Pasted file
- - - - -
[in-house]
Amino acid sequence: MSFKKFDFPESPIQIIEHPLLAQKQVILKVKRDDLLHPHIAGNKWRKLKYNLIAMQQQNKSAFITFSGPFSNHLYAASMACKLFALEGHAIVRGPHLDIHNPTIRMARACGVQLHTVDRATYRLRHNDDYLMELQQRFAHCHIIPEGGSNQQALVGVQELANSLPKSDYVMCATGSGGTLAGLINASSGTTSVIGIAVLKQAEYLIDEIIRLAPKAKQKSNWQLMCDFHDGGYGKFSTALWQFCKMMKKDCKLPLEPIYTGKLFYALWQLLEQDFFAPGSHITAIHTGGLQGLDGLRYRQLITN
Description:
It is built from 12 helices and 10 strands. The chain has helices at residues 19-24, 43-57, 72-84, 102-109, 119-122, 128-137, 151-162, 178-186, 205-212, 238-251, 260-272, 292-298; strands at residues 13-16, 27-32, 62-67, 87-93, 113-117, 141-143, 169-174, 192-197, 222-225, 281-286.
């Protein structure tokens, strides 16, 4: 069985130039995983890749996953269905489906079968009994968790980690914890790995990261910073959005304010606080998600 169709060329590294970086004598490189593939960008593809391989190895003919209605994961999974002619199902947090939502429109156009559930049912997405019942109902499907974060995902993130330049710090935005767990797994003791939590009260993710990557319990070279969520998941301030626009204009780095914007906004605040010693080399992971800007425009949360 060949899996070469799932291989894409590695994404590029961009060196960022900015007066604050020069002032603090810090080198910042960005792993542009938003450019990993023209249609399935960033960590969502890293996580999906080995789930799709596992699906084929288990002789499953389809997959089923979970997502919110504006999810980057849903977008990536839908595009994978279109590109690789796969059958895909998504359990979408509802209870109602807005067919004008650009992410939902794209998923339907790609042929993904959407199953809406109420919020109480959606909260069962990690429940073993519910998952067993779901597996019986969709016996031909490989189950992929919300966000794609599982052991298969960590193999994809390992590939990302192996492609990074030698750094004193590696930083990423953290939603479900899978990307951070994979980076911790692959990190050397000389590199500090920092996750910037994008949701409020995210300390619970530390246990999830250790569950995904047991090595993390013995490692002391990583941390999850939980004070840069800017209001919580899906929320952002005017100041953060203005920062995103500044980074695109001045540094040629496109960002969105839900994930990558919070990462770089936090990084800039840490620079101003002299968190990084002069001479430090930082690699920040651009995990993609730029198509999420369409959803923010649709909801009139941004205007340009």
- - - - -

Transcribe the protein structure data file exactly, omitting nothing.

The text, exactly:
[in-house]
Amino acid sequence: MSFKKFDFPESPIQIIEHPLLAQKQVILKVKRDDLLHPHIAGNKWRKLKYNLIAMQQQNKSAFITFSGPFSNHLYAASMACKLFALEGHAIVRGPHLDIHNPTIRMARACGVQLHTVDRATYRLRHNDDYLMELQQRFAHCHIIPEGGSNQQALVGVQELANSLPKSDYVMCATGSGGTLAGLINASSGTTSVIGIAVLKQAEYLIDEIIRLAPKAKQKSNWQLMCDFHDGGYGKFSTALWQFCKMMKKDCKLPLEPIYTGKLFYALWQLLEQDFFAPGSHITAIHTGGLQGLDGLRYRQLITN
Description:
It is built from 12 helices and 10 strands. The chain has helices at residues 19-24, 43-57, 72-84, 102-109, 119-122, 128-137, 151-162, 178-186, 205-212, 238-251, 260-272, 292-298; strands at residues 13-16, 27-32, 62-67, 87-93, 113-117, 141-143, 169-174, 192-197, 222-225, 281-286.
């Protein structure tokens, strides 16, 4: 069985130039995983890749996953269905489906079968009994968790980690914890790995990261910073959005304010606080998600 169709060329590294970086004598490189593939960008593809391989190895003919209605994961999974002619199902947090939502429109156009559930049912997405019942109902499907974060995902993130330049710090935005767990797994003791939590009260993710990557319990070279969520998941301030626009204009780095914007906004605040010693080399992971800007425009949360 060949899996070469799932291989894409590695994404590029961009060196960022900015007066604050020069002032603090810090080198910042960005792993542009938003450019990993023209249609399935960033960590969502890293996580999906080995789930799709596992699906084929288990002789499953389809997959089923979970997502919110504006999810980057849903977008990536839908595009994978279109590109690789796969059958895909998504359990979408509802209870109602807005067919004008650009992410939902794209998923339907790609042929993904959407199953809406109420919020109480959606909260069962990690429940073993519910998952067993779901597996019986969709016996031909490989189950992929919300966000794609599982052991298969960590193999994809390992590939990302192996492609990074030698750094004193590696930083990423953290939603479900899978990307951070994979980076911790692959990190050397000389590199500090920092996750910037994008949701409020995210300390619970530390246990999830250790569950995904047991090595993390013995490692002391990583941390999850939980004070840069800017209001919580899906929320952002005017100041953060203005920062995103500044980074695109001045540094040629496109960002969105839900994930990558919070990462770089936090990084800039840490620079101003002299968190990084002069001479430090930082690699920040651009995990993609730029198509999420369409959803923010649709909801009139941004205007340009």